Interview: Nicki Clyne of Battlestar Galactica

Specialist Cally

How did you land the role of Cally?

Well, my agent set up an audition. I auditioned. I got the part. I wish I had a more interesting story for you.

Originally, Cally was supposed to be killed off in “Bastille Day”, the 3rd episode of season 1. Instead, Cally fought back and bit off the attacker’s ear. What was it that convinced the directors to keep Cally as part of the show, and consequently make her more prominent?

You can never truly be sure why producers, or writers for that matter, decide what they do. As you can imagine, I wasn’t terribly inclined to ask too many questions; I was pretty happy Cally recovered from her gunshot wound. However, I do like to think maybe they saw a spark in Cally that lead them to develop her more, but you never know, it could have just been they liked my bangs!

Cally running away from the evil Cylons.
Cally running away from the evil Cylons.

What was it like to transform Cally from a rather innocent and cute flat character into this dark and troubled woman? And slightly related to that, how much of Nicki found its way to Cally? Or perhaps – vice versa?

The progression of Cally’s character was definitely an interesting one. I guess it’s a case of “be careful what you wish for.” I didn’t want to be just another innocent, helping hand on the deck crew, but once the drama started, it never stopped! I enjoyed every minute though. What actor wouldn’t want to wind up a raging, pill-popping, mechanic mother married to a robot?!?

What were your feelings about being killed off? Is it hard to have the kind of on-screen decline and demise that you suffered?

It wasn’t a walk in the park; the whole experience was rather emotional, if that’s what you mean. It took a while for it to actually sink in, so filming the last episode was bittersweet. In the end I saw it more of a tribute than a demise. I thought the whole episode was really well done. However, since then Cally hasn’t been held in very high regard, which is a little disappointing.

From the interviews that you did that I read or listened to, where you detailed the whole process of fleshing out Cally’s final episode, I got the feeling that you actually had quite some influence on that episode, that the directors really listened to you. Is the set of BSG generally like that? With the actors on a ‘loose leash’, free to add their own interpretation of the script?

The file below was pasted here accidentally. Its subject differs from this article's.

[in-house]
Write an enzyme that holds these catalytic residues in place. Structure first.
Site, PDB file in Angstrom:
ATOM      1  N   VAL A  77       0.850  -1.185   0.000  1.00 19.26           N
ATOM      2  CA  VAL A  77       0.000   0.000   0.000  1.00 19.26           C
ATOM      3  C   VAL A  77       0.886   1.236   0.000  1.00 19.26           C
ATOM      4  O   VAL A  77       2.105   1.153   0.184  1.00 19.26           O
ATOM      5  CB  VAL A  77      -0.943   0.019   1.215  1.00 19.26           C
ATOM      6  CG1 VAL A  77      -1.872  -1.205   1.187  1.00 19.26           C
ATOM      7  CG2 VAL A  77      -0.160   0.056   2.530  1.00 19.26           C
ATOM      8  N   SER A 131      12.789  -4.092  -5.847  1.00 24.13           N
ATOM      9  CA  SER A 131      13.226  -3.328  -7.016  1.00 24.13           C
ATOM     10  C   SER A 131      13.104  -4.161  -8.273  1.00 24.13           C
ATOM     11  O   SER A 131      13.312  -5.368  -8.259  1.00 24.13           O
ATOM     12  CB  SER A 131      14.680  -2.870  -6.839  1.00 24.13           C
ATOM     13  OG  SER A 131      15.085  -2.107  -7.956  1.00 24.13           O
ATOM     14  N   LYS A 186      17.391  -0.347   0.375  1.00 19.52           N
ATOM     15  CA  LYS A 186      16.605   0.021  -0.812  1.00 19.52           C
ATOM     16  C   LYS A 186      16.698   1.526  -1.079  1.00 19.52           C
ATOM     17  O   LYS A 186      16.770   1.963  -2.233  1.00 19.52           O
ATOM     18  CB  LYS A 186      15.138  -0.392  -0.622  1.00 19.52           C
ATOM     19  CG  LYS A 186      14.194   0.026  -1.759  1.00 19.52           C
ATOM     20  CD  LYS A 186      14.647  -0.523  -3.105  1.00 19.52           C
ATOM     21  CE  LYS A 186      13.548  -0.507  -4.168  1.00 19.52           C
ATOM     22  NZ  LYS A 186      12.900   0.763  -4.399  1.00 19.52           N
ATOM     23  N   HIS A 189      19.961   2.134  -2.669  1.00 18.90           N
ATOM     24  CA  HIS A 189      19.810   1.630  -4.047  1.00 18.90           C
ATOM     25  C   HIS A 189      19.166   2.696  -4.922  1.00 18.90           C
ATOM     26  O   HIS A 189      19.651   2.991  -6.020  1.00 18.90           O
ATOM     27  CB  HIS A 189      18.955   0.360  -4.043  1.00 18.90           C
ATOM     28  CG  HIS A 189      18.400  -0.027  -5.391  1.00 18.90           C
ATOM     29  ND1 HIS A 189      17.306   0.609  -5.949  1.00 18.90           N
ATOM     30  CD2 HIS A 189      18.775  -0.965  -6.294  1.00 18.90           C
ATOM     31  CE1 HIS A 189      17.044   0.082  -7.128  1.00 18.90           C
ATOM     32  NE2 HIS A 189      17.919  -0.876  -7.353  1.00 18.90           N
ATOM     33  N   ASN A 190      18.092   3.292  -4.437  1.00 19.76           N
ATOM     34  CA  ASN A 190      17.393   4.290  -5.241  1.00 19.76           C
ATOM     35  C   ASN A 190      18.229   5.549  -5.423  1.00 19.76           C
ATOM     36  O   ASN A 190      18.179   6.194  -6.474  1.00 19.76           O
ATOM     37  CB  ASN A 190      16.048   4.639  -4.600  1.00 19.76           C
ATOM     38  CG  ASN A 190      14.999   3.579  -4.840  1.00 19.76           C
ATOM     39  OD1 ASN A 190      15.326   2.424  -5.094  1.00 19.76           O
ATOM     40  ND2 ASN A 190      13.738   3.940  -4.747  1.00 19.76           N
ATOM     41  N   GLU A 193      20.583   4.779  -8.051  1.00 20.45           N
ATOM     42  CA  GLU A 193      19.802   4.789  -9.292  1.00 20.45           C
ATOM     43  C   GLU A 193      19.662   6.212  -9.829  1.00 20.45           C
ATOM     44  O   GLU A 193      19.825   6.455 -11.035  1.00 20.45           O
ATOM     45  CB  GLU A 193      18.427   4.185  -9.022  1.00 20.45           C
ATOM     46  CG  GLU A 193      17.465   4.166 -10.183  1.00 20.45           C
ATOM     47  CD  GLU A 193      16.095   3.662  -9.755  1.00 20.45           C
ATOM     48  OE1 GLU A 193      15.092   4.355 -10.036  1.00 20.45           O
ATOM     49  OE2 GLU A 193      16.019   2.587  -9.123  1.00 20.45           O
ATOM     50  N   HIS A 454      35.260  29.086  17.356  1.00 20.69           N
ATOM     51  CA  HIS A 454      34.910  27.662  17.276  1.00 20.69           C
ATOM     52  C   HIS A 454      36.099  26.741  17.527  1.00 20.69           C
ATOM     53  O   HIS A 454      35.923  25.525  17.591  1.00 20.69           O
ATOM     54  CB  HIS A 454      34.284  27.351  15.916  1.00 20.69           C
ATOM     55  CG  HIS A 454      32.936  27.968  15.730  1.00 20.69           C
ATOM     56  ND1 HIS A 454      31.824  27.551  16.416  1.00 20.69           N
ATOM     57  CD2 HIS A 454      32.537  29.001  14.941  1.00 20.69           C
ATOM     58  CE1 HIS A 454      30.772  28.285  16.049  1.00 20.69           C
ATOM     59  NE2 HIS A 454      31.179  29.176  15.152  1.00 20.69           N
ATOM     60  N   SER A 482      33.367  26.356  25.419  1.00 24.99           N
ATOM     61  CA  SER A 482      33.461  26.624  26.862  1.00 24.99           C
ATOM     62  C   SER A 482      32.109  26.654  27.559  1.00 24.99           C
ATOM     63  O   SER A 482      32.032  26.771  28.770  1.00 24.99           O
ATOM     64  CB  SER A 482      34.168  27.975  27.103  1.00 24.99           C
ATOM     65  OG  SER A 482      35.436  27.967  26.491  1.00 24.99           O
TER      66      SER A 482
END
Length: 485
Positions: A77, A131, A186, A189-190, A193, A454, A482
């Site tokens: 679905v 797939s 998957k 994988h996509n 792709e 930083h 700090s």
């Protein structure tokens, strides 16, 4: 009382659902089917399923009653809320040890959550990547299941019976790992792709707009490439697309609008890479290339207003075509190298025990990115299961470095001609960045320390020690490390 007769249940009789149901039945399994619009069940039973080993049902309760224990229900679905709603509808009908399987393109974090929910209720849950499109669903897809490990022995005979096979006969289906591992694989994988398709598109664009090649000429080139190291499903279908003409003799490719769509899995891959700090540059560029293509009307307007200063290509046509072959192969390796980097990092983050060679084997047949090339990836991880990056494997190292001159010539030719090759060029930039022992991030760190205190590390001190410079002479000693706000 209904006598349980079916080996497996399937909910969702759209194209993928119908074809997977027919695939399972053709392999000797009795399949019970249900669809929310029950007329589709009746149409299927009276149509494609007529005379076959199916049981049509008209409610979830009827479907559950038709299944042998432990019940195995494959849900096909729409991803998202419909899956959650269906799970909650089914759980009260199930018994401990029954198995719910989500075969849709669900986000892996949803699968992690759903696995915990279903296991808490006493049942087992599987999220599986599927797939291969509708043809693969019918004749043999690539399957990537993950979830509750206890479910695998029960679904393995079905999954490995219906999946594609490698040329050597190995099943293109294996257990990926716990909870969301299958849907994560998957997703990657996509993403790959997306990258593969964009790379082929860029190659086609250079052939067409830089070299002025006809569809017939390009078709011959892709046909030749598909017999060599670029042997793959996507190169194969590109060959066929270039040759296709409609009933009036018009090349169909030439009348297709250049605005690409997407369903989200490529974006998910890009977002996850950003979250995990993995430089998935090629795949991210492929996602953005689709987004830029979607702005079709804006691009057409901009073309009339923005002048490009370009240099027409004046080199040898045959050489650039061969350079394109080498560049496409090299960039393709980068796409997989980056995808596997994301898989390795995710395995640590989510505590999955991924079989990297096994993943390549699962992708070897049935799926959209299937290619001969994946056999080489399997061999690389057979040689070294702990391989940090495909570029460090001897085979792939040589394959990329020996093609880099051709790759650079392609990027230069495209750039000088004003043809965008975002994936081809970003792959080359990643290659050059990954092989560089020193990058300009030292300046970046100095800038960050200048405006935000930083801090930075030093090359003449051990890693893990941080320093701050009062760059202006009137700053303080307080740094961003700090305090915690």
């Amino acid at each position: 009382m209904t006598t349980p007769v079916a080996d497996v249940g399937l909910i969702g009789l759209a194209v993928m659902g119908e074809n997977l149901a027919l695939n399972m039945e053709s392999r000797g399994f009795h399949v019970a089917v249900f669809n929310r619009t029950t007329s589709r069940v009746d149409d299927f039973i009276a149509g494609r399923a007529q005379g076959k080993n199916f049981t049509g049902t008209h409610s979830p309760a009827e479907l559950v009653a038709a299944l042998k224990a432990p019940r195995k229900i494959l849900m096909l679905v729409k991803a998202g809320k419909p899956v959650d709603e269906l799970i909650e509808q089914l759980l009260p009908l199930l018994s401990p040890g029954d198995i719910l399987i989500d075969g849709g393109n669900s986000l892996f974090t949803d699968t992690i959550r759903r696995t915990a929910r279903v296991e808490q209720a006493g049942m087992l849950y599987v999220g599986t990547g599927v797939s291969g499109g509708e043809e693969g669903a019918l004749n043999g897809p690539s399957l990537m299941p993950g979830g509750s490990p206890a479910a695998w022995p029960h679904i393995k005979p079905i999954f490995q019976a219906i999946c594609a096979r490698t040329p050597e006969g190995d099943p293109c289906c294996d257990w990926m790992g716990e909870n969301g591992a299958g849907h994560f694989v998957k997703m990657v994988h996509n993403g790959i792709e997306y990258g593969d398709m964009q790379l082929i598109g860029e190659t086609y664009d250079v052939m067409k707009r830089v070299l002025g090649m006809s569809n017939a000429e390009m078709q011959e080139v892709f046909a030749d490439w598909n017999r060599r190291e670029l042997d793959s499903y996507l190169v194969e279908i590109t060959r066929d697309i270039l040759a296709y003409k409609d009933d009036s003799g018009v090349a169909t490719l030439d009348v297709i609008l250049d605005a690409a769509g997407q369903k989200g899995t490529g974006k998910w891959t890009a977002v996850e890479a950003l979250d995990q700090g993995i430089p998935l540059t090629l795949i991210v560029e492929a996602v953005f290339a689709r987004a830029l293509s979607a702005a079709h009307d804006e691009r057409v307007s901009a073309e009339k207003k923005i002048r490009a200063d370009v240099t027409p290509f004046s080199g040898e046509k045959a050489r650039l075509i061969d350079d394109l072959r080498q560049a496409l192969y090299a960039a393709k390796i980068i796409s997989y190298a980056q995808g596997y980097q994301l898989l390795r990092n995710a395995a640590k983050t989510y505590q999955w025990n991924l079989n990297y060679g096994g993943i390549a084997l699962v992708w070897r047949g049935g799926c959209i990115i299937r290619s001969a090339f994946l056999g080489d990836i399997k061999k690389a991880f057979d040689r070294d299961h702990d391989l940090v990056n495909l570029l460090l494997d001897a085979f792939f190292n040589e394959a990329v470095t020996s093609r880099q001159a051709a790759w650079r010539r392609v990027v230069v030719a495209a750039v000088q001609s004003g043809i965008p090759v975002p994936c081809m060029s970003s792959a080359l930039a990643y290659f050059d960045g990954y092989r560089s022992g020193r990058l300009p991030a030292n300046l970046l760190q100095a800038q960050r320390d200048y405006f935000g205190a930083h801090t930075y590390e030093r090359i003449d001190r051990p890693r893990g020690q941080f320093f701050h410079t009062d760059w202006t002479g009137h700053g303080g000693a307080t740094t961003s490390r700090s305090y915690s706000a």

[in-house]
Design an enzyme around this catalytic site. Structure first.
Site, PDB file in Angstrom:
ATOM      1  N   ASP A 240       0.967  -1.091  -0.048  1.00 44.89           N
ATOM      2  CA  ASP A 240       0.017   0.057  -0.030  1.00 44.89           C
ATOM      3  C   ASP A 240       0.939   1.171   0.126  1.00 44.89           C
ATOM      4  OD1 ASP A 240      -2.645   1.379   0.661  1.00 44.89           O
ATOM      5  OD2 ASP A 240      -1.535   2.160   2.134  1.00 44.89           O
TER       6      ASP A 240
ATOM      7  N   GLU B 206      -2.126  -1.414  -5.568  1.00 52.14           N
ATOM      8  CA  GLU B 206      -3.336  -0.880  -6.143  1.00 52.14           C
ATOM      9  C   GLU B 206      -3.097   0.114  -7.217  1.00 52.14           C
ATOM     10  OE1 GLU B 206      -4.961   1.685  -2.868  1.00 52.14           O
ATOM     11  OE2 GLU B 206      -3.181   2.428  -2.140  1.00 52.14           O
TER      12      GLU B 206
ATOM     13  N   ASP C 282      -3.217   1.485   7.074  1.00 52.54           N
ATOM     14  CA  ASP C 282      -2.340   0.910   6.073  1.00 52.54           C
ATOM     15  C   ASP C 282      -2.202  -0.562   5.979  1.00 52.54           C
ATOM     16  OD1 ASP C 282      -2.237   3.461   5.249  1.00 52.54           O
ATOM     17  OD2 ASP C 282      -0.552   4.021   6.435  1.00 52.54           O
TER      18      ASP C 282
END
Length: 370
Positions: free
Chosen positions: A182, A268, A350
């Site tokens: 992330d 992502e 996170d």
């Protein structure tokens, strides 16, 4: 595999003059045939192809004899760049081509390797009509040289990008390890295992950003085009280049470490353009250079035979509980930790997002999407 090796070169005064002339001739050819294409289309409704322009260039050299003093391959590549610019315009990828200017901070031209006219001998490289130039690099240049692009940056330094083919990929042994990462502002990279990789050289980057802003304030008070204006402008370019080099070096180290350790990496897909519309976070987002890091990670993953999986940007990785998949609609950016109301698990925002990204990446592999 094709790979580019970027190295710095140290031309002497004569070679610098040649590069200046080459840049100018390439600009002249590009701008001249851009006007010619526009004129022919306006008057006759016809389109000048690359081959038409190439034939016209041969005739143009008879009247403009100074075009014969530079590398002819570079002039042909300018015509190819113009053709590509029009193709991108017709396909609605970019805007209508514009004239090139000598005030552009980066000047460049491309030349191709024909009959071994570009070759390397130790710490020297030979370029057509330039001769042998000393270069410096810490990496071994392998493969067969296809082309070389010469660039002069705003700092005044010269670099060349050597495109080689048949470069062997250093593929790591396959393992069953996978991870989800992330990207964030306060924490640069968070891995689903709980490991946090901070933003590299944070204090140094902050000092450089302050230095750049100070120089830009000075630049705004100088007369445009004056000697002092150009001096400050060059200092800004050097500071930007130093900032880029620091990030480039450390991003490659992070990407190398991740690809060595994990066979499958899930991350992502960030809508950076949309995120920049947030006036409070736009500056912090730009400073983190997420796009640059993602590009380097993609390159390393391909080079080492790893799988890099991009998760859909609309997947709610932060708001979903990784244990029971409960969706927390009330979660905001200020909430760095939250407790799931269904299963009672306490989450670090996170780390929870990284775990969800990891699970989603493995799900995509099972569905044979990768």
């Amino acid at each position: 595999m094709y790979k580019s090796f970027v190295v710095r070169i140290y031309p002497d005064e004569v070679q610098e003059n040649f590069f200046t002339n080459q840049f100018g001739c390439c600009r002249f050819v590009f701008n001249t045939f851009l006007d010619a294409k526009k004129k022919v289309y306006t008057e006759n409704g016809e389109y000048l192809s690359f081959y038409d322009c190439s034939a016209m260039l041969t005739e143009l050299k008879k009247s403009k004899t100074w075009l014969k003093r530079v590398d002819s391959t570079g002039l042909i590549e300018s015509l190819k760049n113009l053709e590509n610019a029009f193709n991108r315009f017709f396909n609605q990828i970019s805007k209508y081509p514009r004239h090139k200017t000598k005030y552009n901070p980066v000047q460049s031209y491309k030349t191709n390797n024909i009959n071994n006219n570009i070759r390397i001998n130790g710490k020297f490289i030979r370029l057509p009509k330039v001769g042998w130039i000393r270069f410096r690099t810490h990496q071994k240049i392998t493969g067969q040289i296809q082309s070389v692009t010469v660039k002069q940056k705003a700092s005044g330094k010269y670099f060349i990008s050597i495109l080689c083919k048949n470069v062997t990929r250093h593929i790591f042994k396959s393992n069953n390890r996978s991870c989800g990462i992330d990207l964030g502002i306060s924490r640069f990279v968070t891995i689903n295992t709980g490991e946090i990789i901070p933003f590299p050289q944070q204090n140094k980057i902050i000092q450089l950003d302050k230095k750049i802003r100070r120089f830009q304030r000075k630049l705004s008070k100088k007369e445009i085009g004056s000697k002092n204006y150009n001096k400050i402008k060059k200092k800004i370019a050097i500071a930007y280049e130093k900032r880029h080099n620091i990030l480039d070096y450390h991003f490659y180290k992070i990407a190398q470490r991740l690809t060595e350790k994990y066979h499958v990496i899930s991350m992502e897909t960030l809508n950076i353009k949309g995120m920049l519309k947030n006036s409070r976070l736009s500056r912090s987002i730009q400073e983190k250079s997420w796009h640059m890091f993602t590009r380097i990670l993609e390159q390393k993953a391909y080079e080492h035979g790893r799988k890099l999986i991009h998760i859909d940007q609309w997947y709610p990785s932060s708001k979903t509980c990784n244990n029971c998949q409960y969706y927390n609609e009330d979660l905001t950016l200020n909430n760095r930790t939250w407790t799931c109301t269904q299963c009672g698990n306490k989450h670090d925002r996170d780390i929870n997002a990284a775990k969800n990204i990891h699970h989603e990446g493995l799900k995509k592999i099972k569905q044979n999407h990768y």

There are many elements that contribute to the way an episode will be run, including the director, the writers, what sort of action in taking place, etc. I was very fortunate to be working with Michael Nankin, who has a very rich visual aesthetic and an organic, collaborative approach to the filming process. So we talked a lot before, about meaning and ideas, but when it came time to film he just let me do my thing. In general, we have a lot of discussions between actors, writers and producers, but I wouldn’t call it a ‘loose leash’ per se. At the end of the day, there’s a specific story to be told.

Sharon and Cally.
Sharon, a gun, Cally. What could possibly go wrong?

Due to not only the show itself, but most certainly also due to your stunning performance (and I’m not just trying to be nice, I really mean that), I really felt Cally’s confusion and despair as she wandered through the hallways of the ship with Nicholas in her arms, and I was truly sad when Cally was blown out the airlock (Cally’s ‘Swan Song’, as you described it). The thing I’m wondering about – what do you think it is that makes some shows and/or characters really connect with their audiences in a way that makes them feel truly sad when it’s over, while others do not? What is that magic ingredient?

Well, first of all, thank you. Partly I believe it’s a two way street, the audience has to be open. But from my own experience in watching actors, I feel moved when they are moved. If the actor is connected with his or herself and believes what he or she is doing, then I’ll go there with them. If it appears that they’re thinking about what they’re doing or controlling their expression, I don’t buy it and it feels contrived. Sometimes it has no importance even what they’re doing, it could be their laundry, but if they’re present and engaged, I’m interested.


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